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The enchantress of Florence : a novel
Salman Rushdie
Adult Fiction RUSHDIE

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From Publishers' Weekly:

Listeners who can make sense out of this clear but unengaging readingshould win an award. Firdous Bamji employs the same technique throughout (pushing out chosen words in each phrase for emphasis), and the sentences begin to sound alike and the listening mind begins to wanders. It's hard to distinguish or care about the many characters, and Bamji doesn't help determine time or place as the book hops around in different eras and locations with abandon. But poor Bamji had a terrible task before him: the muddle of history, mystery, fact, fiction and fairytale in Rushdie's new novel would confound any narrator. A Random House hardcover (Reviews, Mar. 24). (May) (c) Copyright PWxyz, LLC. All rights reserved All rights reserved.

From Library Journal:

Much like Rushdie himself, the mysterious yellow-haired stranger we meet in the opening pages of this magical and haunting new novel is a teller of tales, "driven out of his door by stories of wonder." This young man, straddling the worlds of 16th-century Florence and Mughal India much as he stands astride a bullock cart and enters the emperor's domain in Sikri, is driven to this new land with a story that can either make him his fortune or cost him his life. Appearing before the Emperor Akbar, the young man presents himself as an emissary of Queen Elizabeth I. When Akbar challenges his identity, the storyteller begins to weave the dangerous tale of Qara Koz, the enchantress of Florence, whom he claims is his mother. Parading through this tale of two worlds are Niccoli Machiavelli and Amerigo Vespucci's cousin, Ago. Koz's power, like the power of many beautiful women in Rushdie's novels, is often realized through her relationships with the men in her life, so her story often becomes one-dimensional. Nevertheless, Rushdie's lushly evocative creation of the mysteries and intrigues of a medieval world and his enchanting and seductive stories captivate and transport us in ways reminiscent of his early novels like Midnight's Children and The Satanic Verses. Highly recommended.--Henry Carrigan, Evanston, IL (c) Copyright 2010. Library Journals LLC, a wholly owned subsidiary of Media Source, Inc. No redistribution permitted.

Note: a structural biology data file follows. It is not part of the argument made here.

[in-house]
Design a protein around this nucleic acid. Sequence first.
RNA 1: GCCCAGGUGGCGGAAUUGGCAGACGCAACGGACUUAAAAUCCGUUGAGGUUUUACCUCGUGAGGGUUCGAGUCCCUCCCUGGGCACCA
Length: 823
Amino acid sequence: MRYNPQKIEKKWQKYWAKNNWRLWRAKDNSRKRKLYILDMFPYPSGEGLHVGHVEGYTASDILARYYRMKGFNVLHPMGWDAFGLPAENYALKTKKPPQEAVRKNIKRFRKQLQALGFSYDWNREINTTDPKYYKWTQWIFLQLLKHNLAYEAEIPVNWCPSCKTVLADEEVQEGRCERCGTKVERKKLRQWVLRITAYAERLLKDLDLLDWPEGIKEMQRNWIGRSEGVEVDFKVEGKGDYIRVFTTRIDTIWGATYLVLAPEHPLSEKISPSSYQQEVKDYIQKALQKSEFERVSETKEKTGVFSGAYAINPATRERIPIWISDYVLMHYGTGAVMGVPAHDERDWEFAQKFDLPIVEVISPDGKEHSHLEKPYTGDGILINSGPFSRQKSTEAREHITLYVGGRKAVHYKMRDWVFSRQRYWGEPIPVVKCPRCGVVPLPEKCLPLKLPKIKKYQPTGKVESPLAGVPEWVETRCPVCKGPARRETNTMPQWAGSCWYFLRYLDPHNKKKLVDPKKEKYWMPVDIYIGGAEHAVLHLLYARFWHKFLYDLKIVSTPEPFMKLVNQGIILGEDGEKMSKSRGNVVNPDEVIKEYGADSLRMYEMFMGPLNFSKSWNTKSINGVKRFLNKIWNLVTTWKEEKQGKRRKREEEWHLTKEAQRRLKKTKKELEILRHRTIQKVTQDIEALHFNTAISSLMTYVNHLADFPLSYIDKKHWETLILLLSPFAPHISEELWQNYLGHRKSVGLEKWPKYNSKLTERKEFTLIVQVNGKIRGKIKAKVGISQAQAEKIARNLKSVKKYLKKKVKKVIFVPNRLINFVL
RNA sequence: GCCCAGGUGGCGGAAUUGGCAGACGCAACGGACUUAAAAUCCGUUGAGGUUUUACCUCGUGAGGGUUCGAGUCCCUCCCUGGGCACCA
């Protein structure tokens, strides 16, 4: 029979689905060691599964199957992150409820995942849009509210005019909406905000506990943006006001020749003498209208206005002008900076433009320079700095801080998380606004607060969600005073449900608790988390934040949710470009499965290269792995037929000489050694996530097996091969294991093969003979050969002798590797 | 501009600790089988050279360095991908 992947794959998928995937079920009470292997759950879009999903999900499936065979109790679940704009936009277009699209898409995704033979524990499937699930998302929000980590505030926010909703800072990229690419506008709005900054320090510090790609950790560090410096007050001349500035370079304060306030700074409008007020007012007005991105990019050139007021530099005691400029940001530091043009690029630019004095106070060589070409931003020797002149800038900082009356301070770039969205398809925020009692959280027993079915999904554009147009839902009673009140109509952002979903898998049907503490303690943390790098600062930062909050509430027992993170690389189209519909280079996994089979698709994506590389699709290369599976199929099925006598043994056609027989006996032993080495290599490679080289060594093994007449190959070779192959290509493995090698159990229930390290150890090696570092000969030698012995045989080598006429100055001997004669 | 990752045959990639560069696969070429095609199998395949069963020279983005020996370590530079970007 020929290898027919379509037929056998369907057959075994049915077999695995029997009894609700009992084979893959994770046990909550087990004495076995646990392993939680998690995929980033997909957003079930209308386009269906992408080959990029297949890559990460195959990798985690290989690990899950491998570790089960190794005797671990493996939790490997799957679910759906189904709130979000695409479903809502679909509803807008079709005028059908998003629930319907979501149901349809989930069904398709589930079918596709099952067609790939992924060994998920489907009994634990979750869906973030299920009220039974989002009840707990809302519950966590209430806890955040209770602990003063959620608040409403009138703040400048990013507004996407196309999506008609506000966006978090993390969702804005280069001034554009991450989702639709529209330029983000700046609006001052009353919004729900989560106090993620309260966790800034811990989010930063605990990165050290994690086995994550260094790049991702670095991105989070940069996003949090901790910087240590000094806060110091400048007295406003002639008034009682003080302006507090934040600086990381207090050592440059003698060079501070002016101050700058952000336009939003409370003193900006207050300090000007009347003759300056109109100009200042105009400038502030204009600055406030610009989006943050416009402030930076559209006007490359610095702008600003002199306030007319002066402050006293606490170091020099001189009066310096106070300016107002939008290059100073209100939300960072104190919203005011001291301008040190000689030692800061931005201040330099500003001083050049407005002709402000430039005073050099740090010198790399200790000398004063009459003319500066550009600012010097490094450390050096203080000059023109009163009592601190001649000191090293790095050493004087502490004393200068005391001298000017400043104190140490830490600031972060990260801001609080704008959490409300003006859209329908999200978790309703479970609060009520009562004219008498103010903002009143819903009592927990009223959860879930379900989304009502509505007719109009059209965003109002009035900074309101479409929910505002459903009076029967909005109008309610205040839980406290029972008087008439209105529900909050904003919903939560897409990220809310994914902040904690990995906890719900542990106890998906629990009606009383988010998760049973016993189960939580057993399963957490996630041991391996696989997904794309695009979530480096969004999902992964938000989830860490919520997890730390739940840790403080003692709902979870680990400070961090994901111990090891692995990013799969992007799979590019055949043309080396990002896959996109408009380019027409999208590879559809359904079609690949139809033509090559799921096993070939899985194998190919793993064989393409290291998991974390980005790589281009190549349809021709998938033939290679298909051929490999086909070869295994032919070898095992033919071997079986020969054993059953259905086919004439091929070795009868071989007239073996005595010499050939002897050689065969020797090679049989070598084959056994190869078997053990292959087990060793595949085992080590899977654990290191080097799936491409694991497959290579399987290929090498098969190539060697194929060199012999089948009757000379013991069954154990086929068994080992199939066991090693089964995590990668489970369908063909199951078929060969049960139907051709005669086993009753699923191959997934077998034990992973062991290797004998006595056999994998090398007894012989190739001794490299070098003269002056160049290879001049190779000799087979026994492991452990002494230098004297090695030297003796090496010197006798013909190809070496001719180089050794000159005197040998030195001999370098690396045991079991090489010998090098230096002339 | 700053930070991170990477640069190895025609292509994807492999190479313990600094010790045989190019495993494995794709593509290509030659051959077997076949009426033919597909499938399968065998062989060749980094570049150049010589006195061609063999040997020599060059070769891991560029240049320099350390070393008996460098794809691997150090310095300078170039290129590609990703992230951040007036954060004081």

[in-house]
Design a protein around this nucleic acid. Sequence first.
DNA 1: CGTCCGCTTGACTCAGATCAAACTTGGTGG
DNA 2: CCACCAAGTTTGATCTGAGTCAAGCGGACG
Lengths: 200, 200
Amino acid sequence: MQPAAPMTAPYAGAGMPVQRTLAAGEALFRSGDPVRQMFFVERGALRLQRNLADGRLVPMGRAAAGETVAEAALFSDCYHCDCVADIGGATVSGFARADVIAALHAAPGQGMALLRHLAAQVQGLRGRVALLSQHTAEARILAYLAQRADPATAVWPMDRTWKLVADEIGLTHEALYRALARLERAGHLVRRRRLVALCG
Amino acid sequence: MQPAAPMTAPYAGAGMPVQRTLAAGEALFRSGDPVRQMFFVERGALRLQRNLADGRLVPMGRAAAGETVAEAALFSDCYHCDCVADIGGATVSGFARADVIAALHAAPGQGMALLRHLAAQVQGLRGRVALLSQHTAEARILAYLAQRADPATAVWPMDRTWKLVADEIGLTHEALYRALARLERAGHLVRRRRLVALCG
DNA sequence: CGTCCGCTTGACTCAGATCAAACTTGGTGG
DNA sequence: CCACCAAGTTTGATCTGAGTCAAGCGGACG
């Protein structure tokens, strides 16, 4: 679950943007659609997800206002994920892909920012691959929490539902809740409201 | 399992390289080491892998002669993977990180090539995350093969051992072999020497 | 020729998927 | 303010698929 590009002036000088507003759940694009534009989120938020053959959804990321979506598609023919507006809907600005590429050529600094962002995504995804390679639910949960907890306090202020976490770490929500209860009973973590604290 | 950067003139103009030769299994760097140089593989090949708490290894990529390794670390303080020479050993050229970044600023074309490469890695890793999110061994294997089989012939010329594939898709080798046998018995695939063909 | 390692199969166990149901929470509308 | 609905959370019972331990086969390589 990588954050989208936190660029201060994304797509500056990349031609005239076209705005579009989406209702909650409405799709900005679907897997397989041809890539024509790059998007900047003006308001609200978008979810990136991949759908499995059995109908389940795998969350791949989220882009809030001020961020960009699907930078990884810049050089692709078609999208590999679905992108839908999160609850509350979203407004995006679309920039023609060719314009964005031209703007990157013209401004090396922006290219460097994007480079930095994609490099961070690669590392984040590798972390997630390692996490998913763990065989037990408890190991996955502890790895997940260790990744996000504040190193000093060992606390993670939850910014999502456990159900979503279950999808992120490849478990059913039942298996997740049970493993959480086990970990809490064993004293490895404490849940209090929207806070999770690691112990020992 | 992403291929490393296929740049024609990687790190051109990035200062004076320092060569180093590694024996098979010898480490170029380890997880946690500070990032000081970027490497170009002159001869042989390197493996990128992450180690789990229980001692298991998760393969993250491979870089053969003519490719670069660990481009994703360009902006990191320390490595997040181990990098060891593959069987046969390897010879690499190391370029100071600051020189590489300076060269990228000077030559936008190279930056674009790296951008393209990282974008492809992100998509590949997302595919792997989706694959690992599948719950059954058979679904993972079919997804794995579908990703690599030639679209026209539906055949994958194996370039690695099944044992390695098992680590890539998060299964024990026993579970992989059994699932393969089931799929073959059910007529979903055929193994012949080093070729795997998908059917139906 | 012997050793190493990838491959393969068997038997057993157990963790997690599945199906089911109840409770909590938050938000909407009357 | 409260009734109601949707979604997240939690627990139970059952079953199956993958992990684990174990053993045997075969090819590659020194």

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main characters Mogor dell'Amore
Speaks Persian; knows conjurer's tricks; claims to be Emperor Akbar's uncle; has come to Akbar to tell about his great-aunt, Princess Qara Koz.

Emperor of the Great Mughal Empire; wrestles with the treachery of his sons.

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